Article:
This chapter includes the following sections:
Destination and MDBs: Collocation vs. non-Collocation
You cannot collocate the MDB and the JMS destination if you use a third-party JMS provider that cannot run on Oracle WebLogic Server, such as MQ Series.
Figure 4-1 and Figure 4-2 illustrate architectures in which the MDB application is deployed to the server instance that hosts the associated JMS destination. These architectures vary in that the first has a distributed destination and the second does not. In an application that uses distributed destinations, the MDB is deployed to each server instance that hosts a member of the distributed destination set. For more information about distributed destinations, see JMS Distributed Destinations. As illustrated in Figure 4-1 the message "M1" is delivered to an instance of MDB_A on each server instance where a distributed destination and MDB_A are deployed. Figure 4-1 illustrates a
One-Copy-Per-Server topic message distribution mode pattern. Topic patterns are discussed in more detail in Setting topicMessagesDistributionMode.
Figure 4-1 Collocated Destination/MDBs, Distributed Topic, One-Copy-Per-Server Pattern
Description of "Figure 4-1 Collocated Destination/MDBs, Distributed Topic, One-Copy-Per-Server Pattern"
Figure 4-2 Collocated Destination/MDBs, Non-Distributed Destination
Description of "Figure 4-2 Collocated Destination/MDBs, Non-Distributed Destination"
Figure 4-3 illustrates an architecture in which an MDB runs on a different server instance from the JMS Destination to which the MDB listens.
Figure 4-3 Non-Collocated Application, Non-Distributed Destination
Description of "Figure 4-3 Non-Collocated Application, Non-Distributed Destination"
Running your MDBs on a different server instance from the JMS Destination to which the MDB listens is suitable if:
Your application uses a third-party JMS provider, such as MQ Series.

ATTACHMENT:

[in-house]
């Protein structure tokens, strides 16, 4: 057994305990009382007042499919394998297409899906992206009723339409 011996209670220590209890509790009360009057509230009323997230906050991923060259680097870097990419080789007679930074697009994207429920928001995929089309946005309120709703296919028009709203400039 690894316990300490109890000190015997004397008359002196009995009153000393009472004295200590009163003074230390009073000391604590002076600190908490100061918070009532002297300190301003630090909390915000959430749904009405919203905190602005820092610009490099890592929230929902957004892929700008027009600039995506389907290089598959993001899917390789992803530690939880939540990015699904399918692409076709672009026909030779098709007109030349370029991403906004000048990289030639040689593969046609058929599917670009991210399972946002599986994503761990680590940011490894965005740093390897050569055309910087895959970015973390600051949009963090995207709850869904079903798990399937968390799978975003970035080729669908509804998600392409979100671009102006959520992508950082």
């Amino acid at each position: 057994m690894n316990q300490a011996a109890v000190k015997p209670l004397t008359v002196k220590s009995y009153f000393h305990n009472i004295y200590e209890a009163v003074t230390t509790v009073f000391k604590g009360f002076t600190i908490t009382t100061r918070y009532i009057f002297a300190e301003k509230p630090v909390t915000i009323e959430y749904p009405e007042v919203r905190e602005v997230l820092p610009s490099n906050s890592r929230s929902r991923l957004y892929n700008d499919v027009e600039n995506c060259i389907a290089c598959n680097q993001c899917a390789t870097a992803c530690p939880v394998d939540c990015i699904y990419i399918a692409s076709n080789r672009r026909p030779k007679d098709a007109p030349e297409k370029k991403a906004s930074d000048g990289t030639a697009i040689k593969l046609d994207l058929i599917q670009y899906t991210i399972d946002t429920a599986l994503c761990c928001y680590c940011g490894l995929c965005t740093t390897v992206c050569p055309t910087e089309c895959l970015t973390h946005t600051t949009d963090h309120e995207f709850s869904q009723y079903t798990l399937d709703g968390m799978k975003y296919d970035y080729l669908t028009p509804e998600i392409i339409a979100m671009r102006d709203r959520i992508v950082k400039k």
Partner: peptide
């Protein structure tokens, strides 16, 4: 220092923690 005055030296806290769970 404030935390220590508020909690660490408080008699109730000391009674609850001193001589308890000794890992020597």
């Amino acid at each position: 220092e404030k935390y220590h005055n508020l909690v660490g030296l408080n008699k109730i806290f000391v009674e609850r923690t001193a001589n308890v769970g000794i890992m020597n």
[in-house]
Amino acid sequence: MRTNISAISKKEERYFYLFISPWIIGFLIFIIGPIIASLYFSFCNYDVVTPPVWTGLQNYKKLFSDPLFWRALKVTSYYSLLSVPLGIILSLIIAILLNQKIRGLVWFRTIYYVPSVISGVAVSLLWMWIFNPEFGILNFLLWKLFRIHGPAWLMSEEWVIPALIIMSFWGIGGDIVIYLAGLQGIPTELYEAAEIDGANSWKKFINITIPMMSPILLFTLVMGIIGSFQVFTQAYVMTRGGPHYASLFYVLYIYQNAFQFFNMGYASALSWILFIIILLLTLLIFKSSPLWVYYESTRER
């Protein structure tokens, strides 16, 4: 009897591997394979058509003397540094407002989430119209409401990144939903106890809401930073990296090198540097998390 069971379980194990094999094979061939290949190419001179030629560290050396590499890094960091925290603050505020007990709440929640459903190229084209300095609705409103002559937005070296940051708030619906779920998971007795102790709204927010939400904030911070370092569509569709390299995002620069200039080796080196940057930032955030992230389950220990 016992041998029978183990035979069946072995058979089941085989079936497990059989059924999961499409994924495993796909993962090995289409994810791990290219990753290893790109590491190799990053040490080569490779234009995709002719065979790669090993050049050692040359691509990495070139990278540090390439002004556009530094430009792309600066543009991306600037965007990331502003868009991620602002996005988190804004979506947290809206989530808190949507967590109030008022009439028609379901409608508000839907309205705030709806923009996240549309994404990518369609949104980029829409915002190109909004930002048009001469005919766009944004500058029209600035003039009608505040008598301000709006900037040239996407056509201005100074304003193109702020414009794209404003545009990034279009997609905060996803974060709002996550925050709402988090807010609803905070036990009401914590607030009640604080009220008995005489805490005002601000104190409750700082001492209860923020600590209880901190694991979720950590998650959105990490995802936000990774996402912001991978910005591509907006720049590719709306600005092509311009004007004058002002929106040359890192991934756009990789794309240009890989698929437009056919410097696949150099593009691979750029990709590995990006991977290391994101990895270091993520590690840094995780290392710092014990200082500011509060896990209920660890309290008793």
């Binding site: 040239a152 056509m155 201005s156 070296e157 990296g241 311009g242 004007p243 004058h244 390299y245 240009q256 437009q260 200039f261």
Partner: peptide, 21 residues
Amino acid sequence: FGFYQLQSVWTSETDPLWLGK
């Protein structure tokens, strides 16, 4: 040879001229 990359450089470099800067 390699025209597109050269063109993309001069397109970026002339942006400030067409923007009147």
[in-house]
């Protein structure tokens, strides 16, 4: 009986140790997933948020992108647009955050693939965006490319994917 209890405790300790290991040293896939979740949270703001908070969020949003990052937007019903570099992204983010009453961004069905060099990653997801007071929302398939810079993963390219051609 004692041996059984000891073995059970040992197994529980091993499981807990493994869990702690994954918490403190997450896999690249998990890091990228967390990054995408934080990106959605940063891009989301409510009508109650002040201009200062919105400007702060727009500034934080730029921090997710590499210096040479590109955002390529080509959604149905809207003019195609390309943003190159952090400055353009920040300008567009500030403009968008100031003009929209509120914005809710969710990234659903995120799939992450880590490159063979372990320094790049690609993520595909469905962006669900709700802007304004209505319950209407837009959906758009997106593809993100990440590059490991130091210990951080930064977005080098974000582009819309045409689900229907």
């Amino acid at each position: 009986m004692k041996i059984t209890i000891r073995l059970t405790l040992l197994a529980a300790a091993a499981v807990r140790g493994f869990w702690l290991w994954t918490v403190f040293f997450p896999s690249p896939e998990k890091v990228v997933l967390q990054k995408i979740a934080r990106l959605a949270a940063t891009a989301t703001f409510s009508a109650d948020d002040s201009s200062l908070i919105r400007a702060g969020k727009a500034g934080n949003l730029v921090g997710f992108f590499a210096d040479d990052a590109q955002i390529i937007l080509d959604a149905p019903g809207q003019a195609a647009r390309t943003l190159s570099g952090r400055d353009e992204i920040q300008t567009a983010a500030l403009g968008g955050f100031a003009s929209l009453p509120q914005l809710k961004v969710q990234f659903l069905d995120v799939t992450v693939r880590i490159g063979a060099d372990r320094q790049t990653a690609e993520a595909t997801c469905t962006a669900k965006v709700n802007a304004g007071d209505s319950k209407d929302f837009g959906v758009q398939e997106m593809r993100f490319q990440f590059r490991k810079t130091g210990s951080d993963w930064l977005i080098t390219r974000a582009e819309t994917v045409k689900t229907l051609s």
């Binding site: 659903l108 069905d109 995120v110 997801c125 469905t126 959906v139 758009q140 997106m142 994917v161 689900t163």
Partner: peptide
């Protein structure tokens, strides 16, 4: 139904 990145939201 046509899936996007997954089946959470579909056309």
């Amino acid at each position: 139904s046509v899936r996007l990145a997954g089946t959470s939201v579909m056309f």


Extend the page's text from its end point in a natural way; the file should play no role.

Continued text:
You want to isolate application code (the MDBs) from the JMS infrastructure. By placing JMS destinations and MDBs on separate server instances, you prevent application problems—for example, MDBs consuming all of your virtual machine's memory—from interrupting the operation of the JMS infrastructure.
Your MDB application is very CPU-intensive. On a separate machine, your application can use 100 percent of the CPU without affecting the operation of the JMS infrastructure.
One machine in your configuration has more processing power, disk space, and memory than other machines in the configuration.
The JMS destination and MDBs could also be deployed on non-clustered servers, servers within the same cluster, or to servers in separate clusters.
Note:WebLogic Server does not support non-collocated Destination/MDBs in a cluster when you deploy the destination on a target that can be migrated.
JMS Distributed Destinations
If you configure a distributed destination, WebLogic JMS distributes the messaging load across available members of the distributed destination. If a member of the destination becomes unavailable due to a server failure, message traffic is re-directed to the other available physical destinations in the distributed destination set. You control whether an MDB that accesses a WebLogic distributed queue in the same cluster consumes from all distributed destination members or only those members local to the current Oracle WebLogic Server, using the
distributed-destination-connection element in the
weblogic-ejb-jar.xml file or the
distributedDestinationConnection annotation. Similarly, this setting controls behavior for some topic MDB scenarios, as described in Configuring and Deploying MDBs Using JMS Topics, and Topic Deployment Scenarios.
If you deploy an MDB and the associated distributed queue to the same cluster, Oracle WebLogic Server automatically enumerates the distributed queue members and ensures that each member is serviced by at least one MDB pool. For distributed queues, there will be one MDB pool for each local member when
LocalOnly (the default); otherwise, for queues, when
distributedDestinationConnection is set to
EveryMember, each Oracle WebLogic Server instance creates multiple local MDB pools - one for each local member plus one for each remote member.
If you deploy an MDB and its associated queue to different clusters, Oracle WebLogic Server automatically enumerates the distributed queue members and ensures that each member is serviced by an MDB pool on each server in the MDB cluster. For example, if the distributed queue has three members, each JVM in the MDB cluster will create three MDB pools.
For more information about distributed topics, see Configuring and Deploying MDBs Using JMS Topics.
WebLogic clustering and WebLogic JMS distributed destinations increase scalability and high availability. Examine some of the best practices to increase scalability and high availability.
Oracle recommends that the machines that host a cluster have identical or similar processing power, disk space, and memory to ensure well-load-balanced message processing. Similarly, it is recommended that the Oracle WebLogic Server instances in a particular WebLogic cluster have homogenous JMS configuration and MDB deployments.